John in Turkey

John's Seven Churches

John's Seven Churches

 

Article: Seven Churches,_Seven_Wonders

Seven Churches Bibliography by Colin J. Hemer

 

Table of Contents:

Ephesus

Smyrna

Pergamum

Thyatira

Sardis

Philadelphia

Laodicea

Introduction

 

Church tradition indicates that the apostle John moved to Ephesus with many Palestinian Christians around a.d. 65 before the fall of Jerusalem in 70. During Nero’s persecution against Christians in Rome at that time, both Peter and Paul were martyred in Rome. As the leader of the Asian church John was targeted by Roman authorities and exiled to Patmos (Rev. 1:9). While on the island John received his apocalyptic vision about the spiritual situation of seven Asian churches as well as about the future of the church and the world (1:10–11, 19). The order of the seven churches—Ephesus, Smyrna, Pergamum, Thyatira, Sardis, Philadelphia, and Laodicea—follows a route that a messenger would naturally follow in visiting the cities. During Paul’s ministry in Ephesus many churches were established in Asia. Hence these seven churches seem to represent many other churches that were in Asia at the time (e.g., Miletus, Troas, Assos, Cyzicus, Magnesia, Tralles, Metropolis, etc.). The style of the seven messages is similar, with the heart of each focused on commendation and correction concluding with a promise of victory. The historical and spiritual situation of each church aids in interpreting the details of its message.

Ephesus

Ephesus

The church in Ephesus (2:1–7) was commended for its hard work and perseverance. The church encountered much spiritual opposition from the temple of Artemis as well as from the fourteen or more other Greek deities that were worshipped. Ephesus was also a center of magical practices (Acts 19:19). False apostles in the church were also a problem. At Miletus Paul had warned the Ephesian elders that some from their own company would distort the truth (Acts 20:29–30). Timothy was to make the Ephesians Hymenaeus, Alexander, and Philetus stop teaching false doctrine (1 Tim. 1:3, 19–20; 2 Tim. 2:17–18). Such external and internal conflict had caused the church to lose its first love of Christ and his saints. The site of Ephesus had moved three times during its early history. Unless the church repented, Jesus threatened to move its lampstand from its place of prominence among the Asian churches. (It does not mean Jesus would do away with the church.) The victorious Christians in Ephesus were were promised to eat of the tree of life in the paradise of God. Paradise was the name for the Garden of Eden in the Greek Old Testament. Outside Ephesus was the grove Ortygia which was thought to be the traditional birthplace of Artemis. The sacred grove called a paradeisos still drew pilgrims in the first century. The Christians were thus promised an eternal paradise far superior to that possessed by their pagan counterparts.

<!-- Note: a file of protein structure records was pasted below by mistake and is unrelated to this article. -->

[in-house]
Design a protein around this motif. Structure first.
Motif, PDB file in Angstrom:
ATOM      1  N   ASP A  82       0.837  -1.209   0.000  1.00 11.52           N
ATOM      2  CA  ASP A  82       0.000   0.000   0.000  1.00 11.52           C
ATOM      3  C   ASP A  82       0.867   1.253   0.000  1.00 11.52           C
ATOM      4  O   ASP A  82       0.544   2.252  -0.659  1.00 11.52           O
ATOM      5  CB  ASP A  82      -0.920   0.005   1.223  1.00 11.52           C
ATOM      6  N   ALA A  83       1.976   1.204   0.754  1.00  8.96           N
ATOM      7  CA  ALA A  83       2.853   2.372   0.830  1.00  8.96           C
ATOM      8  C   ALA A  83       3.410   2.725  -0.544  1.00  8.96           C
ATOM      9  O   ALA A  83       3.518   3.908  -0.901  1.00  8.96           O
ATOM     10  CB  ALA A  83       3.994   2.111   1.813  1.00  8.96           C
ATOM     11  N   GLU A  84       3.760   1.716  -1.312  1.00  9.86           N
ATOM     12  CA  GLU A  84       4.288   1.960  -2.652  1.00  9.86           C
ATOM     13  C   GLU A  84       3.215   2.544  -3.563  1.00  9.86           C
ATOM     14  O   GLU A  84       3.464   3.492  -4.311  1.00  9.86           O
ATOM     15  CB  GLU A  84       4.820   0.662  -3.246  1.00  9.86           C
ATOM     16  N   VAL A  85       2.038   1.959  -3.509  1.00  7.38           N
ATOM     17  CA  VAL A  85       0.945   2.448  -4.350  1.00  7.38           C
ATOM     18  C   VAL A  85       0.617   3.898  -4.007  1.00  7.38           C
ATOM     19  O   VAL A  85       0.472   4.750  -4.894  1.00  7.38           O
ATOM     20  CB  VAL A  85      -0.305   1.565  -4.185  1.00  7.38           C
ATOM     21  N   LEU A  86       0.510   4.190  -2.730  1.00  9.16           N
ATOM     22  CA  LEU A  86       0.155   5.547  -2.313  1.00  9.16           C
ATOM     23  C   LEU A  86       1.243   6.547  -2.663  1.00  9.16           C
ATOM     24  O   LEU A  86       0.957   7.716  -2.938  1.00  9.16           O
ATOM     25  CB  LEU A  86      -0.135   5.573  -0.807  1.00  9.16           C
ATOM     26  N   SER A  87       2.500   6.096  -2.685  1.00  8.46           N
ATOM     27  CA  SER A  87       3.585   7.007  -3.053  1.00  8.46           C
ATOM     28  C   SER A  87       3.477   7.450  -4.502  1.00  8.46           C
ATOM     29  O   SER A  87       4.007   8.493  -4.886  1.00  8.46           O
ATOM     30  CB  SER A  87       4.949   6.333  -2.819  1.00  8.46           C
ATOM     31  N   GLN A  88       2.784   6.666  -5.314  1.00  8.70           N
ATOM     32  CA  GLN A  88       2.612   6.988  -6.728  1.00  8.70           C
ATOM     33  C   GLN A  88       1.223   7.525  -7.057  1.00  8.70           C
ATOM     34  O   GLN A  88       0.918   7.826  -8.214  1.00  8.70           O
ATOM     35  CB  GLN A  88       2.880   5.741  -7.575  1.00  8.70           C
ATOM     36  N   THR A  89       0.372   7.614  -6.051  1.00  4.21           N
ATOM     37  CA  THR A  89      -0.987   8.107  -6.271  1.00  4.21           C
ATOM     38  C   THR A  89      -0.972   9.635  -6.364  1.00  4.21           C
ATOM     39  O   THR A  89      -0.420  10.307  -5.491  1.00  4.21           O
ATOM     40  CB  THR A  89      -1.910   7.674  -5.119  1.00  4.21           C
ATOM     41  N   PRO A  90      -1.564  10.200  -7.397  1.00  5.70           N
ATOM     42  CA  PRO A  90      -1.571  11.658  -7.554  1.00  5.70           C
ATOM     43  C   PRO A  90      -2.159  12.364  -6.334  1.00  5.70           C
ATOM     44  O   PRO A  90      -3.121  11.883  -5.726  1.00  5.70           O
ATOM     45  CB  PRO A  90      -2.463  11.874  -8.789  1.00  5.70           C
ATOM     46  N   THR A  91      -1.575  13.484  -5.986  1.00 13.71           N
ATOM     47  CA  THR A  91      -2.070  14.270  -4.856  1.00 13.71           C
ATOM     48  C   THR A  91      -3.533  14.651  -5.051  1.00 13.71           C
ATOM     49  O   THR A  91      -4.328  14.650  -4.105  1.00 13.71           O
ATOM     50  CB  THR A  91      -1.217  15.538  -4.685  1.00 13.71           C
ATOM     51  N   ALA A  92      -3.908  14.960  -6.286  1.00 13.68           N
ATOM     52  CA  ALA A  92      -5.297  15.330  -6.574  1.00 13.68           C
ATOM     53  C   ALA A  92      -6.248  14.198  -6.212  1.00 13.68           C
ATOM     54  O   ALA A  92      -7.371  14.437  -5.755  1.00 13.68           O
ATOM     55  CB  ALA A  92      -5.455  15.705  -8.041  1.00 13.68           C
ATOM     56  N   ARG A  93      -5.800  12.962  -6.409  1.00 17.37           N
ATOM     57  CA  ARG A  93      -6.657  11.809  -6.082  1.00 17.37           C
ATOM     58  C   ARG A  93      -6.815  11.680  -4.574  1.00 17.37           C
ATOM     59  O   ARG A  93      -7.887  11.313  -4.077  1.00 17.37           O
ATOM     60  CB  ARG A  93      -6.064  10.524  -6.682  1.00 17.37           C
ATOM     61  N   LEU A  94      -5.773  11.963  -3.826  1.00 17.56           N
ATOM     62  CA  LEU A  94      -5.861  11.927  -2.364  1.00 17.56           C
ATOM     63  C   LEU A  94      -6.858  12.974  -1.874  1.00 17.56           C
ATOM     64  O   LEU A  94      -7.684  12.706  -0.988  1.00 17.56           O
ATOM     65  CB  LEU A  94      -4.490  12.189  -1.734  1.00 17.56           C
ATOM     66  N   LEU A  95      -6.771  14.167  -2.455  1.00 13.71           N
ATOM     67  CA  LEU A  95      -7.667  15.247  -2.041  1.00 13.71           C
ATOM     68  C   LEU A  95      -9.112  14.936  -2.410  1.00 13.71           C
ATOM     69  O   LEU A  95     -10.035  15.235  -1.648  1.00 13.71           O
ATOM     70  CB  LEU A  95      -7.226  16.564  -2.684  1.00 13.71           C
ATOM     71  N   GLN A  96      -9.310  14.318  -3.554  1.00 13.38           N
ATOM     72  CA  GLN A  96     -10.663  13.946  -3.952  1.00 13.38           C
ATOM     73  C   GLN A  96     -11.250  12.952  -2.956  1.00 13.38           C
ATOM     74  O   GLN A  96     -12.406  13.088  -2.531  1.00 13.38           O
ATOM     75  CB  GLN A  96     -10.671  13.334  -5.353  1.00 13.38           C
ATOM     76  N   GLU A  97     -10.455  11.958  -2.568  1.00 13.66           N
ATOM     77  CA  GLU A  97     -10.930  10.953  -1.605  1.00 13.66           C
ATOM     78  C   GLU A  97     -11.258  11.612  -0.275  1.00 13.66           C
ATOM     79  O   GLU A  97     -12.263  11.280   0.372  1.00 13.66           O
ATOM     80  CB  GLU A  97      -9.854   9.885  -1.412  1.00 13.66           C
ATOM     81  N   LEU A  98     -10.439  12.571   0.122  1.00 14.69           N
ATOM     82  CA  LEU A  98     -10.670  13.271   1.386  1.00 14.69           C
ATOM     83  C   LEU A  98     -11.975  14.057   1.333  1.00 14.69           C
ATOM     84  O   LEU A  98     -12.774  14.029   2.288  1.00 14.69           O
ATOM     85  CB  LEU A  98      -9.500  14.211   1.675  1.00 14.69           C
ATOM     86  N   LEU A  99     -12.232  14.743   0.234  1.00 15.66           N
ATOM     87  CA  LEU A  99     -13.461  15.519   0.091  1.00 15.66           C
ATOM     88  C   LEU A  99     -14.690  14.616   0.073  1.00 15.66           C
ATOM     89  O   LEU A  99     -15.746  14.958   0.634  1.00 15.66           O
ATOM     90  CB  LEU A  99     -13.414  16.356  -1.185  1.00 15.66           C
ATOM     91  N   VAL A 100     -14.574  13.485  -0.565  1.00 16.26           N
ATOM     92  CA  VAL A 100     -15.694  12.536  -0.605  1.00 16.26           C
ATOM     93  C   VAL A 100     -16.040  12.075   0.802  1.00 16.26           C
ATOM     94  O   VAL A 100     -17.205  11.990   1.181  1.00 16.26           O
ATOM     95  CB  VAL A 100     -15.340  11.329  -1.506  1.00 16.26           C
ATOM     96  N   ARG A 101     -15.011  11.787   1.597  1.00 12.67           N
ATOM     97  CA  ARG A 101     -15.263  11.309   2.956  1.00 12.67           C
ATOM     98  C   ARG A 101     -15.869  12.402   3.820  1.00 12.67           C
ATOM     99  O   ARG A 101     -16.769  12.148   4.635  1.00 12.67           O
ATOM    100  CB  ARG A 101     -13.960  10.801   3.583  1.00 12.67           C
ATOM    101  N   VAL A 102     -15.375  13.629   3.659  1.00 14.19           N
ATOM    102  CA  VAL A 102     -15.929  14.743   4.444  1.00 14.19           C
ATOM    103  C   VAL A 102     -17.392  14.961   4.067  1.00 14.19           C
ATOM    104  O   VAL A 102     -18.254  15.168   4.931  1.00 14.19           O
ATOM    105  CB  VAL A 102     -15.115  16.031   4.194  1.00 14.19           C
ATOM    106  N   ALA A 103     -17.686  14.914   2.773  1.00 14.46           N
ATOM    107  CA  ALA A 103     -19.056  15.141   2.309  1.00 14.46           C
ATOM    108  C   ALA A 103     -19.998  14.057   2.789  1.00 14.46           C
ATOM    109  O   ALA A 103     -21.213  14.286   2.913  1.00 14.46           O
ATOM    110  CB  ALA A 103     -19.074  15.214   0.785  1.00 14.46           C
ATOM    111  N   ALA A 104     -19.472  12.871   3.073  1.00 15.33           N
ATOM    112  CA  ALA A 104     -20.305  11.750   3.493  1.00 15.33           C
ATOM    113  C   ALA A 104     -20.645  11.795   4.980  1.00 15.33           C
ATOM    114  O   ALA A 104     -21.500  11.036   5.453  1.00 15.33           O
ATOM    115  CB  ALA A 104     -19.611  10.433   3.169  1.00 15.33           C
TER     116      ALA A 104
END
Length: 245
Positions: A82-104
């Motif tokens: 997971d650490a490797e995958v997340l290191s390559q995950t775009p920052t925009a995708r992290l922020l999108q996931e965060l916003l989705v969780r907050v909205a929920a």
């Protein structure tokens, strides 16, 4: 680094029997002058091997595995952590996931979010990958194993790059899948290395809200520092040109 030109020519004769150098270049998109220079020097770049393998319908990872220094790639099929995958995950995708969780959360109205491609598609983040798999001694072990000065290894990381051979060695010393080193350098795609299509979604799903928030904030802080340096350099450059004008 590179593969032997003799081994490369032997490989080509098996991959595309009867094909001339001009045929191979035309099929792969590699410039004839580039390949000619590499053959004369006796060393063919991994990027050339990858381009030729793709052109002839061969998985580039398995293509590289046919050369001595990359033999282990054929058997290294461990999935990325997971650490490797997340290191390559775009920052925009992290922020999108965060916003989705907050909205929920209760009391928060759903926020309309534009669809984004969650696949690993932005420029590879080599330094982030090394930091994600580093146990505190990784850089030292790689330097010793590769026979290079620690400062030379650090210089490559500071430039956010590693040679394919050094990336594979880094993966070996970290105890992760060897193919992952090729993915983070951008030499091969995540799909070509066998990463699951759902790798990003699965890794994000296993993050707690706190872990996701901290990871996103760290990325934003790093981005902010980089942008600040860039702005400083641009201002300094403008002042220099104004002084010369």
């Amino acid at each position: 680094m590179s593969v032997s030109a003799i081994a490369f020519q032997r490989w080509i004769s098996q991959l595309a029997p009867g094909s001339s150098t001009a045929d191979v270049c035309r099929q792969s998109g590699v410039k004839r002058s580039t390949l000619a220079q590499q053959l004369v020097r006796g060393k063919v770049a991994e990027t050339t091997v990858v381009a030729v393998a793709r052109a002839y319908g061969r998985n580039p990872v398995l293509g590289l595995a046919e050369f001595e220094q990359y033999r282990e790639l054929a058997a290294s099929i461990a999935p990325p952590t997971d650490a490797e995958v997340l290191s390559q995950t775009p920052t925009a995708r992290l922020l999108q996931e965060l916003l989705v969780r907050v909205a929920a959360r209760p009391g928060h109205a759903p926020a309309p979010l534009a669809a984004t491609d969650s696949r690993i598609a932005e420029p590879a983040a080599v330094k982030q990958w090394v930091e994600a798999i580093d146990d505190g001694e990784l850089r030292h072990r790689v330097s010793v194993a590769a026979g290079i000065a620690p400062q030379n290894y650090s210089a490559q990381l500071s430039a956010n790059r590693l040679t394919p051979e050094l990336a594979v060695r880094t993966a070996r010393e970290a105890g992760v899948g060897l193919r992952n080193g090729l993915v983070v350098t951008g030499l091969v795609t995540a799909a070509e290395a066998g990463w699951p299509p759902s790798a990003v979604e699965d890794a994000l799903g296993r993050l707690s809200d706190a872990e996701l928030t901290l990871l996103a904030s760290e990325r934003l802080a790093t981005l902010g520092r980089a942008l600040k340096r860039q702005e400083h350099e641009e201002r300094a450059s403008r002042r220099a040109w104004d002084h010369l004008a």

Smyrna

Smyrna

The church in Smyrna (2:8–11) had experienced great pressure from the Jewish authorities, called the synagogue of Satan. No archaeological evidence exists today for such a synagogue. It had closed its doors to Christians, and its leaders were inciting the Roman authorities to persecute the church. The Jews later had a similar role in the martyrdom of the bishop of Smyrna, Polycarp. The crown of life is a possible allusion to the acropolis Mount Pagus that looms over the city. Such ancient writers as Aristides describes it as Smyrna’s crown. Whatever temporal crown the citizens of Smyrna enjoyed, the believers were guaranteed an eternal crown. They were also promised exemption from the second death. There existed in the ancient world a connection between death and Smyrna. Its name is identical to the Greek word for the sweet–smelling spice in which dead bodies were wrapped (e. g., Jesus; John 19:39). A number of mourning myths became associated with Smyrna, particularly that of Niobe whose tear–stained face was thought to be etched in the marble of nearby Mount Sipylus.

Pergamum

Pergamum

Pergamum Theater

The church of Pergamum (2:12–17) existed in the place where Satan had his throne. This reference probably does not refer to the altar of Zeus that sat atop the thousand-foot acropolis that towers over the lower city. Rather it refers to the city as the seat of the provincial koinon, or assembly, whose leader was also the chief priest (“the beast out of the earth”; 13:11–17) of the imperial cult—the first cult temple in Anatolia.

The Roman governor of Asia exercised the power of life and death—the “right of the sword” (ius gladii)—in his province. Jesus stated he held even higher authority with his sharp, double-edged sword. One church leader named Antipas had already been martyred in the city. He was the only person named in Revelation as a martyr. The imperial cult temple housed a white stone stele inscribed with a decree issued by Fabius, the governor of Asia, around 9 b.c. It decreed that Augustus’ birthday should be made an official holiday in Asia as well as mark the beginning of the municipal new year. The birth of Caesar Augustus was called the beginning of life and breath (cf. Rev. 3:14). And his birthday was declared the beginning of good news for the world (cf. Rev. 14:6). The emperors made the same claims to deity as Jesus Christ! No wonder the Christians refused to take the mark of this beast and worship him.

Thyatira

Thyatira